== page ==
bispap17f - Shadowing the euro: Bulgarias monetary policy...

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BIS Papers No 17 61 Shadowing the euro: Bulgaria’s monetary policy five years on Kalin Hristov and Martin Zaimov 1 1. Introduction Bulgaria’s economic progress in recent years is regarded as determined by the currency board regime introduced in 1997. It seems appropriate, five years on, to weigh up that assumption. The graphs and analysis which follow support our generally positive view of the then government's decision to accept the IMF’s advice on how to manage its monetary policy. But we are well aware that the currency board, now as then, has not been without critics; this report examines the medium-term challenges to a policy of shadowing the Deutsche mark's successor, the euro. The paper is structured as follows: Section 2 describes the Bulgarian National Bank’s (BNB) monetary policy over the past five years, and summarises the results. Section 3 analyses the link between monetary and fiscal policy by outlining changes in the latter after the launch of the currency board, and its increased effectiveness. Section 4 shows the link between the currency board, foreign trade and the balance of payments, highlighting the conditions for balance of payments sustainability with a fixed exchange rate. Section 5 looks at changes in the economy and the banking system in the last five years. Section 6 concludes with some of the medium term challenges facing the currency board. 2. The role of monetary policy A realistic view The decade of transition from a centrally planned to a market economy in central and eastern Europe and the former Soviet Union coincided with a change in accepted views on economic policy. The role of central banks, and of monetary policy, in national economic development was seen in a new light. Macroeconomic policy during the 1990s changed significantly, both in theory and in practice. A consensus emerged that the basic goal was to ensure a nominal anchor for controlling inflation and inflationary expectations, in order to support overall economic stability and to create a favourable environment for sustainable long-term growth and wealth creation. 2 It follows that the broad thrust of monetary policy must, at least to some degree, coincide with overall economic policy. It was long believed that central banks’ monetary policy could influence long-term trends in employment, output and inflation. In other words, the monetary authorities could control both nominal and real variables, thus achieving more than one goal. But both theory and empirical evidence show that pursuing several goals at once, some at odds with each other, does not work. A better approach is to limit monetary policy to achieving price stability within various institutional frameworks. 1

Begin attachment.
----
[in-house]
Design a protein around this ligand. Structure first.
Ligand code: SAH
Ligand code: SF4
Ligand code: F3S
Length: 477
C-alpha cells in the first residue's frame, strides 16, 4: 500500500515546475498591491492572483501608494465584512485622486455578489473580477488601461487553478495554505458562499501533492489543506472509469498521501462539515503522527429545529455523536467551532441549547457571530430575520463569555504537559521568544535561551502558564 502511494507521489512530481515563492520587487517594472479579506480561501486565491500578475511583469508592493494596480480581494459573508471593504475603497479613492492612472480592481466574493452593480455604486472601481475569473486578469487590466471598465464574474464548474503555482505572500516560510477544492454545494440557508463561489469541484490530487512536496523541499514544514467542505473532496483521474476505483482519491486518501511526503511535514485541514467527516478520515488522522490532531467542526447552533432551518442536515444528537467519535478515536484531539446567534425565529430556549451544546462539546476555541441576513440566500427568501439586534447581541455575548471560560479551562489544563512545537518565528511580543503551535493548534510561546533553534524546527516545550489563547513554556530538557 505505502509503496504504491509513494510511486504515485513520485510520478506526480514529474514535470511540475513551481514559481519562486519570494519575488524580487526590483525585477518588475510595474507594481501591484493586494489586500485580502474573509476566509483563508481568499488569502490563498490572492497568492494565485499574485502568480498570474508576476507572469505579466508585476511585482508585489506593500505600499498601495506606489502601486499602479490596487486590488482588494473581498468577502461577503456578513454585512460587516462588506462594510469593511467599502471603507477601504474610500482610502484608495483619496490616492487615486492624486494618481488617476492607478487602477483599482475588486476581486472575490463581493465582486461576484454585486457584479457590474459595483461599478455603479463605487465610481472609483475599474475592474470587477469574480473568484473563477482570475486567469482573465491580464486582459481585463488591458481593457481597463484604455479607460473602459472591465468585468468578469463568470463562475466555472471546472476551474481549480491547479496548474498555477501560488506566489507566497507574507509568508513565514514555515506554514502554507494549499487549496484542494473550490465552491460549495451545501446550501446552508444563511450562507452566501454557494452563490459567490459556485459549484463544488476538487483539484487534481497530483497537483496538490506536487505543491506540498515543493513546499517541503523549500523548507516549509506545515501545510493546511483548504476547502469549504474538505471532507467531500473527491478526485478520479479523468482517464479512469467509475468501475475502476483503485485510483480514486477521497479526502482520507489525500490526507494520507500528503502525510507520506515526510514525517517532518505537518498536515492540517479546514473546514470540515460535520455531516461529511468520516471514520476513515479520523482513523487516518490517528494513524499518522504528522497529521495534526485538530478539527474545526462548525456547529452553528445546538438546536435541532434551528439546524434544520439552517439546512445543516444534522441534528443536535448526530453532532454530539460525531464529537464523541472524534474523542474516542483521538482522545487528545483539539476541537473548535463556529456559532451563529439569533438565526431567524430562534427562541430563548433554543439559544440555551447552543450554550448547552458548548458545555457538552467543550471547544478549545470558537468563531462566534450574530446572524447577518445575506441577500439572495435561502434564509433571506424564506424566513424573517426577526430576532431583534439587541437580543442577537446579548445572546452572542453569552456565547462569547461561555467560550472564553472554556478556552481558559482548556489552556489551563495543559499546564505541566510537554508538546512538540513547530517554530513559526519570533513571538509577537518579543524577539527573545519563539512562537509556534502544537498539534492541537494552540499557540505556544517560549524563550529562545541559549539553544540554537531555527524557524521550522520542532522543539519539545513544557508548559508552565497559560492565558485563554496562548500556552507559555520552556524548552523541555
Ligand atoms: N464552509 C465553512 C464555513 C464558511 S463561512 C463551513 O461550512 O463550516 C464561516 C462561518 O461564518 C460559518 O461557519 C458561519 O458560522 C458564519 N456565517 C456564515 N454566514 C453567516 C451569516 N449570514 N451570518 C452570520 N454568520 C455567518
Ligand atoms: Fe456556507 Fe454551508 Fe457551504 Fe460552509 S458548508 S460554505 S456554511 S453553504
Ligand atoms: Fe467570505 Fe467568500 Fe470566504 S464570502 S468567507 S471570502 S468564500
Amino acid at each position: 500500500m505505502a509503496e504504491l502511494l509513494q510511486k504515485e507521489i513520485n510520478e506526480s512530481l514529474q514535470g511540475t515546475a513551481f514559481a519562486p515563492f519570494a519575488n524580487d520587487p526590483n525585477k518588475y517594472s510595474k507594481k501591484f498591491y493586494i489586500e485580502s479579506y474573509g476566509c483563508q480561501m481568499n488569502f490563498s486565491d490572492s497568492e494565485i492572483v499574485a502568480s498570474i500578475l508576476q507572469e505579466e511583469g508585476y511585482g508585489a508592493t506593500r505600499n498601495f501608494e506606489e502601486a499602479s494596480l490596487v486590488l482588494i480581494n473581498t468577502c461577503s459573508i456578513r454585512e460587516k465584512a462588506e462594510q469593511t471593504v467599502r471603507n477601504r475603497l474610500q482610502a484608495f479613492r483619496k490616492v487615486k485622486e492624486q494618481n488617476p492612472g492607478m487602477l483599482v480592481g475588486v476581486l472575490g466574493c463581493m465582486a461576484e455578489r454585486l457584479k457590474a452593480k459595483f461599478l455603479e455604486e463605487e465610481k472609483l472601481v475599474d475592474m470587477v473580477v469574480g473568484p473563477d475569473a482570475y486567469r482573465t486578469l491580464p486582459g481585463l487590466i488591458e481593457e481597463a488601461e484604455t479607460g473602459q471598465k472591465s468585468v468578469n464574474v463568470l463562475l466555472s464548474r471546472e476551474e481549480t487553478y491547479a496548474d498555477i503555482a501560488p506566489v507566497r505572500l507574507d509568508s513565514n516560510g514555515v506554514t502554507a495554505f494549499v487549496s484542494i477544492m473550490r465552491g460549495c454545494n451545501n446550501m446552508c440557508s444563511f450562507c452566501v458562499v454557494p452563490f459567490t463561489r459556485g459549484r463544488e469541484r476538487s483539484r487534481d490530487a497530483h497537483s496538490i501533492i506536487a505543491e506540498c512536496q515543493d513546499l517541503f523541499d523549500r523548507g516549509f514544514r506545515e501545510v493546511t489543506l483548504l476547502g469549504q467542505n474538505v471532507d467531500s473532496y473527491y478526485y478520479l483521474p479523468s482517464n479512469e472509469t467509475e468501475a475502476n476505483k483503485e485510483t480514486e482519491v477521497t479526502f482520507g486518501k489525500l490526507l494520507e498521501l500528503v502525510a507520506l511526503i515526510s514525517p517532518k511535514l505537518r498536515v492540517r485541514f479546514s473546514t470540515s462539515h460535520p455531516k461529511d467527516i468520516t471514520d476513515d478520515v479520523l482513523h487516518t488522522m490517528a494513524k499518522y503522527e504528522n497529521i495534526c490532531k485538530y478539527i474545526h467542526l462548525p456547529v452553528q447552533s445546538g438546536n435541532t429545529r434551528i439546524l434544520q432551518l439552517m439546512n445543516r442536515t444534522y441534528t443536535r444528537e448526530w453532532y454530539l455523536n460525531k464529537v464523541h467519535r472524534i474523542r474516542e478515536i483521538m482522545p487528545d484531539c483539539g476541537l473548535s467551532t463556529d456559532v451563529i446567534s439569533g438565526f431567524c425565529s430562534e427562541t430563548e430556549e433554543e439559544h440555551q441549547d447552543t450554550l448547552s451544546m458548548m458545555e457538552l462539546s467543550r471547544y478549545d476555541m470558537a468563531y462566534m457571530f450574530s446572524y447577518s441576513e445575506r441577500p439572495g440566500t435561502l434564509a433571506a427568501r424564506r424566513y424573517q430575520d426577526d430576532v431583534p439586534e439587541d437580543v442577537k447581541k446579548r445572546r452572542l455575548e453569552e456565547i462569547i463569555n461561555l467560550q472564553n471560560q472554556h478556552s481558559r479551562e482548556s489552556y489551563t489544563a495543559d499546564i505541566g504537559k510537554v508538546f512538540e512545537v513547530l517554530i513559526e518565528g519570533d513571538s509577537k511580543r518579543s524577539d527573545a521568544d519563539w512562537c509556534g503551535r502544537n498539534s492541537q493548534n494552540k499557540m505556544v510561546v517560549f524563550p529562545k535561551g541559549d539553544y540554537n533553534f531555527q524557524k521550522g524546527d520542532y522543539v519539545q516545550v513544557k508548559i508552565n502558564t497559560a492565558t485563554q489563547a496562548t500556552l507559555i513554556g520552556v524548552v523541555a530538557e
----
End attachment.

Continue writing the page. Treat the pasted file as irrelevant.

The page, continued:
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bispap17f - Shadowing the euro: Bulgarias monetary policy...

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